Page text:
I stayed warm waiting for the start with other Trail Monster runners; George, Ryan, John and Sarah while John and Danielle set up shop to support all of us. The sun was breaking out enough that no headlamps would be required and although I was wrapped up in a blanket, I had on shorts as temps were supposed to reach into the fifties.
Without much fanfare the race started and I was glad to be in a pack of like minded individuals. Not so sure about really like minded as I was near the George the Jedi, a man of extraordinary mental toughness and Ryan, who seemed to be questioning his own sanity as well as ability to run this course. I knew I should be ahead of George through the race but I thought Ryan and I should be close to the end.
The interesting part about this race is it's set-up. You can do thirty two or forty miles for starters, I choosing the former. It's an eight mile lolli-pop, meaning you go out straight and then the trail loops around to the stem, the tightly wrapped paper, and follow that back to the starting area. You do that four or five times hopefully. The really cool part is you can choose which direction you want to run. Clockwise or counter. You don't need to do all your loops in one direction either. Just do enough loops to do your distance and you're good.
I decided to go counter and was a little bummed when Ryan went the other direction, as I thought it would be fun to listen to some of his rumblings. But I was still surrounded by a number of runners so I wouldn't have to amuse myself just yet. We all slowed to hiking paces in order to get up some of the steep hills yet no one was busting past anyone when we weren't going up. I was already very surprised just how rough of a course this was knowing that about eight lanes of smooth highway was so close to us. Here there was nothing but small boulders and roots preventing me from setting any steady pace.
Being in a pack of runners, there were a couple of times we all came to a standstill and then someone behind us yelling to us we were off the trail. I was following people more than blazes and fortunately these couple forrays were less yards off the trail than a personal foul in football. We were treated to a view of the Boston skyline as we came to a tower about three miles into the race. I'd rather have a view of some mountains but was really impressed that I could be part of this wilderness adventure so close a major metropolitan area.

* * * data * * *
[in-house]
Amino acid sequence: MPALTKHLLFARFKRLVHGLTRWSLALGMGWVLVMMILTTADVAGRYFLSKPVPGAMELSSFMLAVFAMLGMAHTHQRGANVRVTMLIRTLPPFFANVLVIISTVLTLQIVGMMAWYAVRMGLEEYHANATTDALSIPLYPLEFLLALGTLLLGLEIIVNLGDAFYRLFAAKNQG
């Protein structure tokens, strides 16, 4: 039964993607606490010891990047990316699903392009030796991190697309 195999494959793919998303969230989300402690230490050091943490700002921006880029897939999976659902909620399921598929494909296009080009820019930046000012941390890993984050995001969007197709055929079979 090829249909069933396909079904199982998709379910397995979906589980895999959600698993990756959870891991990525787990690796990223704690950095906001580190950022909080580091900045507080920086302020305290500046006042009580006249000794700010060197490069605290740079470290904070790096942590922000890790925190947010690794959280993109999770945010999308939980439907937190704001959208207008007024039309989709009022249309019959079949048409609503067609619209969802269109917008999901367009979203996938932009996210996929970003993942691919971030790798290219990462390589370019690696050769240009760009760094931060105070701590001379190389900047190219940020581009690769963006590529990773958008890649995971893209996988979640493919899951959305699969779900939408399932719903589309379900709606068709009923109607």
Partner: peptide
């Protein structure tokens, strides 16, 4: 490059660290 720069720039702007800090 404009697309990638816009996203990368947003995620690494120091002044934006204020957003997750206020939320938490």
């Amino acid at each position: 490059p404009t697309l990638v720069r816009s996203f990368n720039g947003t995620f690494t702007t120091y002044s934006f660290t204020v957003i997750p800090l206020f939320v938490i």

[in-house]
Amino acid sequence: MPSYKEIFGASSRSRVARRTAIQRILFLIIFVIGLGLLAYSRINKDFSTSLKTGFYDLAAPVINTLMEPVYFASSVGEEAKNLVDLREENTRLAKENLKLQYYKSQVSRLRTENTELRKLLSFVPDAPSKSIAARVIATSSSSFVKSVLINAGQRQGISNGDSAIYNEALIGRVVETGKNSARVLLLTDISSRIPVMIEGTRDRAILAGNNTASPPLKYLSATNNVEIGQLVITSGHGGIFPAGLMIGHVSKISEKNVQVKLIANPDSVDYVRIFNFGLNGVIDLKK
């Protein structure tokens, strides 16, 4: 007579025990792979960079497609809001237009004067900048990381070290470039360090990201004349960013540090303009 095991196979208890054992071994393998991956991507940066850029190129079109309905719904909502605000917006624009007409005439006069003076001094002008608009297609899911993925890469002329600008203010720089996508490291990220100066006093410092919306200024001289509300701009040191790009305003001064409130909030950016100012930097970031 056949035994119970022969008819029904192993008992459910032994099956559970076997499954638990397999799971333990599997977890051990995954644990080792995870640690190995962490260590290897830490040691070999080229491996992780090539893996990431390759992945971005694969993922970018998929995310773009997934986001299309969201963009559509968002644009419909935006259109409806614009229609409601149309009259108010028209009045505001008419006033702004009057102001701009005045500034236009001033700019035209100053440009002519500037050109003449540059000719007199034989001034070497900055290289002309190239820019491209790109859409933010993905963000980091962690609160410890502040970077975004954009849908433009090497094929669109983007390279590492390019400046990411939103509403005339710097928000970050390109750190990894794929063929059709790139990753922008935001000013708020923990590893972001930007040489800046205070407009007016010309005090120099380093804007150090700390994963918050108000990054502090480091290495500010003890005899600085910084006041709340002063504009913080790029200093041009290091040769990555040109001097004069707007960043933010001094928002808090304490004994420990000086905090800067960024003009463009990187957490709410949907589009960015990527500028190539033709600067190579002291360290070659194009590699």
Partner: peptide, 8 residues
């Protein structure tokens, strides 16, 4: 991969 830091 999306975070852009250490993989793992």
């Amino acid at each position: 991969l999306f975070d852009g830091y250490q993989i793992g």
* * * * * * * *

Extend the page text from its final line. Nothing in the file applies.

Soon after, runners were coming at us from the other direction. I was amazed how fast they were moving. They were already more than a mile ahead of us and with more than twenty eight miles to go, I had no desire to try and reel them in. Ryan was soon one of those runners, and I figured he had more than a half mile lead on me.
The trail continued to challenge me and as our pack came into the only aid station on the course I did take in a small drink. Although I knew I couldn't be fast I realized how important it would be for me to keep taking in liquids and calories in order not to crash. If I did crash on this course it would be brutal trying to finish all four laps.
The group I was around stuck mostly together but I was starting to feel a little faster. So I moved past the leader of the group, a young woman who had been keeping us on the right trail. She was wearing a shirt that promoted being a vegan that had pictures of cows, chickens and pigs. I thanked her for her navigation skills and then said, "I don't mean to offend you, but your shirt is making me hungry." She got a laugh at my warped sense of humor and said I would be wishing I was a vegan by the third lap.
There was actually a small stretch of trail winding through some large pine trees where I could open it up a little. I sang out the Wonder Woman song as I weaved through the trees channeling my inner amazon woman self wondering if any of the millenials behind me had any idea what I was talking about.
As I came near the starting area/aid station at the end of my first lap, Ryan was just on his way out and looking in good spirits. I made a quick stop with John and Danielle checking in on me. I didn't want Danielle's husband, Ryan get too far ahead of me. The weather was starting to warm so I left behind my gloves to start my second lap.